Helen Hizhniakova and Tatiana Lozovaia* look at how to extend modern portfolio theory to make money from trading equity options
Every trader, market maker orc financial analyst knows what
risk is and knows the methods to estimate it.There are various
theories on how to estimate risk in the world of finance. We do
not endeavour in this article to evaluate some of the more
sophisticated theories of risk estimation. However, a brief
overview of what is probably the best known theory of
portfolio risk, Value at Risk (VaR), is warranted. VaR has
become so prevalent that it is almost impossible to find
profes- sionals in the financial markets that are not at least
remotely familiar with the measure.
What is commonly referred to asVaR, is the risk expressed in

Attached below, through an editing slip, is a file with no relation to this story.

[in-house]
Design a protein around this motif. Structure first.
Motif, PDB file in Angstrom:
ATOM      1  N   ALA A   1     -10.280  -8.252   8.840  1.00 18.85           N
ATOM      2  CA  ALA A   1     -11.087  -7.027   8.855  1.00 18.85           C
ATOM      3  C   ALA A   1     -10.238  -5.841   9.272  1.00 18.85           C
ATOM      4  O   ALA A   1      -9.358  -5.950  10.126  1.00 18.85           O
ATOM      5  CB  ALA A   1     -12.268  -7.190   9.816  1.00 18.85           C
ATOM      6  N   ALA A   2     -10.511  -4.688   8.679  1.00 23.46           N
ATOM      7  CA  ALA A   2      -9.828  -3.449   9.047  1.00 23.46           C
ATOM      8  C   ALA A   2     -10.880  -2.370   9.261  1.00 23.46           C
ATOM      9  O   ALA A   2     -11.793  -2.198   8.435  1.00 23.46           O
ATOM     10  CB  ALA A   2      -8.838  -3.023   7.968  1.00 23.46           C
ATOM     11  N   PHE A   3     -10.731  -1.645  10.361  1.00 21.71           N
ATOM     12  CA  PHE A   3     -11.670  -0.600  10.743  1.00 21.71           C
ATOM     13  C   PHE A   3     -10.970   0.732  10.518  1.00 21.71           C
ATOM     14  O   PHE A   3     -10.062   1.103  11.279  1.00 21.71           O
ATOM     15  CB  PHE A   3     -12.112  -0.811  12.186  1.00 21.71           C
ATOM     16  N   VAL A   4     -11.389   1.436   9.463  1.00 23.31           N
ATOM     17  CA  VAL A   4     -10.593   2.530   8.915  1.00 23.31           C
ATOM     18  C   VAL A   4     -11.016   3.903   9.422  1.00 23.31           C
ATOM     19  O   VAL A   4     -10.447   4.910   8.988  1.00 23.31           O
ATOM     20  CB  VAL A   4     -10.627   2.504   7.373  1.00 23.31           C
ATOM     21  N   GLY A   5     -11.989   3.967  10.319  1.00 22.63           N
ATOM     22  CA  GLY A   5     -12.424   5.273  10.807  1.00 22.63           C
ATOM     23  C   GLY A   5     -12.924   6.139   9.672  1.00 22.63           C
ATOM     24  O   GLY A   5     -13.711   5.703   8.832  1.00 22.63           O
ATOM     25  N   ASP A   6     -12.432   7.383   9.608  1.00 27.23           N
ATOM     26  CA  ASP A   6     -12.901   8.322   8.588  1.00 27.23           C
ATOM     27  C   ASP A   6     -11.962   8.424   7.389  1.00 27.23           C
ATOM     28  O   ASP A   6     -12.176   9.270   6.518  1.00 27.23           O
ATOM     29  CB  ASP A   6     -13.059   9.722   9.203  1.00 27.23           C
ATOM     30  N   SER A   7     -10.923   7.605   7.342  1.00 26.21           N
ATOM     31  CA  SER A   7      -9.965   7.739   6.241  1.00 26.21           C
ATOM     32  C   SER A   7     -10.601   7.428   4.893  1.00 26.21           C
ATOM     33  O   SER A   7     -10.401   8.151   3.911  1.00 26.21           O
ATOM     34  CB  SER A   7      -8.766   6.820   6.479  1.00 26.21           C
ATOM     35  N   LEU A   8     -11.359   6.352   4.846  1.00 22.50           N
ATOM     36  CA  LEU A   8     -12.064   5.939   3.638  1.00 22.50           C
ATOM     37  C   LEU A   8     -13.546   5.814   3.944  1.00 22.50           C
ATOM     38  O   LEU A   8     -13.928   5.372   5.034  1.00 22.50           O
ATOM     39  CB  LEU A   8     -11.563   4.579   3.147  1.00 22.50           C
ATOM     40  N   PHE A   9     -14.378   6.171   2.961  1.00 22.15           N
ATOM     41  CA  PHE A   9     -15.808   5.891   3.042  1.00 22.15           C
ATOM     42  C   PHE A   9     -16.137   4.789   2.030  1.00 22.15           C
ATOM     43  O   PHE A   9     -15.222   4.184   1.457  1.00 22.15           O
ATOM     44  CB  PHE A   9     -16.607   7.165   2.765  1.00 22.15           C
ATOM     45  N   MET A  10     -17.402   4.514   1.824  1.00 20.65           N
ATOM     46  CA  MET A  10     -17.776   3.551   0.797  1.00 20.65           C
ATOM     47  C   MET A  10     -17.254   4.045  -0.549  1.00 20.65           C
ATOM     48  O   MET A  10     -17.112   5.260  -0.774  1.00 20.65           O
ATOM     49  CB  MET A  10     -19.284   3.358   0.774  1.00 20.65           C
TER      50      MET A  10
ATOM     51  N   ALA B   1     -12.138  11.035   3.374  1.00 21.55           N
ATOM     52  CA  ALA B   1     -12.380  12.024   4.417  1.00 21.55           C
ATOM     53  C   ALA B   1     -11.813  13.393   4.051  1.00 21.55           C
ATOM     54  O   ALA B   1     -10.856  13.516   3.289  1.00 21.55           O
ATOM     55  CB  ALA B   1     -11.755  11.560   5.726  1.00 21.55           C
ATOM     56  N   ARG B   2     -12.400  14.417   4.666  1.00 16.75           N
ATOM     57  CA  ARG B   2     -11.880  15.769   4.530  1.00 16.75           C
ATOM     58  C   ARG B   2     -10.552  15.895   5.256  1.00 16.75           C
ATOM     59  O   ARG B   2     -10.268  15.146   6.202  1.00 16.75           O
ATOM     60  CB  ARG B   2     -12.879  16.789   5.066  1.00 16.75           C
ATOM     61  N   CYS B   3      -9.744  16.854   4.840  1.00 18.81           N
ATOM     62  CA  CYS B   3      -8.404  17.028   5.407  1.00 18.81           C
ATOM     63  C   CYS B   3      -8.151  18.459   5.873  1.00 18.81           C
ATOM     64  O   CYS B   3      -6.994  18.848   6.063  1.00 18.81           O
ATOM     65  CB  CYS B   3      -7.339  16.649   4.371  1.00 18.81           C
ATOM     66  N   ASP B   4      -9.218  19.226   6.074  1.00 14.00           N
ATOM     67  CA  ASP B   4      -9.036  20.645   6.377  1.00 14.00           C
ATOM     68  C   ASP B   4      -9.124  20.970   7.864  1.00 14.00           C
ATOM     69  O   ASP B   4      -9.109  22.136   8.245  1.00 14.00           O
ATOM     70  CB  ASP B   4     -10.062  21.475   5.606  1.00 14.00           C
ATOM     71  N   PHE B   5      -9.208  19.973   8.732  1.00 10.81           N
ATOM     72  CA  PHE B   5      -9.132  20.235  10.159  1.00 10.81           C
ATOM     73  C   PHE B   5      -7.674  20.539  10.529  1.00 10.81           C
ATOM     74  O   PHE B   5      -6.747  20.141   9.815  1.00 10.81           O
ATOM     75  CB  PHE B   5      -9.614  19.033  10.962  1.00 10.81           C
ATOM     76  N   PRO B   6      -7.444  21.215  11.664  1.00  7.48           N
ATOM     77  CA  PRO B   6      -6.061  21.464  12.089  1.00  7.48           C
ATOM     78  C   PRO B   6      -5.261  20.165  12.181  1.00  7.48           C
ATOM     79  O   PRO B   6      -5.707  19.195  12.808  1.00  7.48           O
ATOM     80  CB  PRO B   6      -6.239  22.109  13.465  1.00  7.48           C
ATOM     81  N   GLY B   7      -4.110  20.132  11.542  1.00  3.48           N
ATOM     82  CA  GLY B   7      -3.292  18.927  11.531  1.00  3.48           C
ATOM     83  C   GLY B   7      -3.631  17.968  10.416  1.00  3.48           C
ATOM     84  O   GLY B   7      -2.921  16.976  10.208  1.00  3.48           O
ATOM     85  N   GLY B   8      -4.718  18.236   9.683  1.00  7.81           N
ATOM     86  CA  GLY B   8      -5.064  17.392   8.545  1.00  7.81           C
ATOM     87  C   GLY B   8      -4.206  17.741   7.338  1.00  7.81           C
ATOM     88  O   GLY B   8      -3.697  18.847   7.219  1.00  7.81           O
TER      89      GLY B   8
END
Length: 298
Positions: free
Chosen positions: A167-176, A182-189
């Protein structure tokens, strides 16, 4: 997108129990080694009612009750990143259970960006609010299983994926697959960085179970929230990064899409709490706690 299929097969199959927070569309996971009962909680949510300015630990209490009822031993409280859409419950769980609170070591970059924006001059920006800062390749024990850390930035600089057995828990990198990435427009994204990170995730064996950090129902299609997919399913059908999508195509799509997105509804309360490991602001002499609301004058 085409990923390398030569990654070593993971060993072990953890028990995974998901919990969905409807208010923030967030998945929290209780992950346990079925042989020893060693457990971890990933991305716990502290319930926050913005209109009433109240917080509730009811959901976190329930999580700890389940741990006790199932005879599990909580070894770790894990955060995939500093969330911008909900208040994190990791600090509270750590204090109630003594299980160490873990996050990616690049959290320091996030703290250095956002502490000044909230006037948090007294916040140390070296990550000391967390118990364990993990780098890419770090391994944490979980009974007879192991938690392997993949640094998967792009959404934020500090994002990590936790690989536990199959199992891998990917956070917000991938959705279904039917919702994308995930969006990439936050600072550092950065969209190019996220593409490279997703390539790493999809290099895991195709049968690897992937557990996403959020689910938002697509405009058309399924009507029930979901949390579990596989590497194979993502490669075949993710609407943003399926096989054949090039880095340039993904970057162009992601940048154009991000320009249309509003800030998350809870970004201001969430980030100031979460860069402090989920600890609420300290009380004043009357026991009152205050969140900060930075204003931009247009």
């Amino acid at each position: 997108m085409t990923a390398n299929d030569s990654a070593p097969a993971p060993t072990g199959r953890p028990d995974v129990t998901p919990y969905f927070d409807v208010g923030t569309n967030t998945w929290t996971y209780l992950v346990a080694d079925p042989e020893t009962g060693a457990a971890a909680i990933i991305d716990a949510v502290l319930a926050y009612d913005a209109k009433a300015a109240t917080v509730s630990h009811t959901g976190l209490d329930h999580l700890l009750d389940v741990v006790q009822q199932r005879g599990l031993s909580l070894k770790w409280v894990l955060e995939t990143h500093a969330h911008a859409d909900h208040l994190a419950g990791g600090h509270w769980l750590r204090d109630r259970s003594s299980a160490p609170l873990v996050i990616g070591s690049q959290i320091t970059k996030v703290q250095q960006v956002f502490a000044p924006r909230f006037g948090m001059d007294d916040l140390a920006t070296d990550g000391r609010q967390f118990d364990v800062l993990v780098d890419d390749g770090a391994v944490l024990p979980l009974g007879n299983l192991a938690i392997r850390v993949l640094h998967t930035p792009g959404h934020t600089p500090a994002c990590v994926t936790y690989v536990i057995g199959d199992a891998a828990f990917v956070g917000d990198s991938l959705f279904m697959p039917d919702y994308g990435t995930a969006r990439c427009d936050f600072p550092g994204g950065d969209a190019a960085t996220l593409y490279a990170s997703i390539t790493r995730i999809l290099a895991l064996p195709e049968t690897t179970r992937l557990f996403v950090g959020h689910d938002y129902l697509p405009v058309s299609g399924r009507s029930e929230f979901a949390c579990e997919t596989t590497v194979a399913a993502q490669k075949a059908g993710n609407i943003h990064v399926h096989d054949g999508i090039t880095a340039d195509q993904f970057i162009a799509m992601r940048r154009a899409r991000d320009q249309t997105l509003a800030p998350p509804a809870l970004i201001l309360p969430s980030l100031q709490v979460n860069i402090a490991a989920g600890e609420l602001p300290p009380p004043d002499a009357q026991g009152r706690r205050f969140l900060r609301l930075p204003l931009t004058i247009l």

dollar terms showing what amount of money a portfolio can lose
during a defined interval with a given probability. The terms
that are most commonly mentioned along with VaR (and are
similar in meaning to VaR) are dispersion, variance and
volatility. So,VaR is, in essence, the volatility of the
portfolio expressed in dollar terms. Beginning with the basics
of VaR analysis, we can demonstrate how this concept can be
applied not only to estimate the risks of a portfolio of assets
but also how this theory can be applied to trading the market
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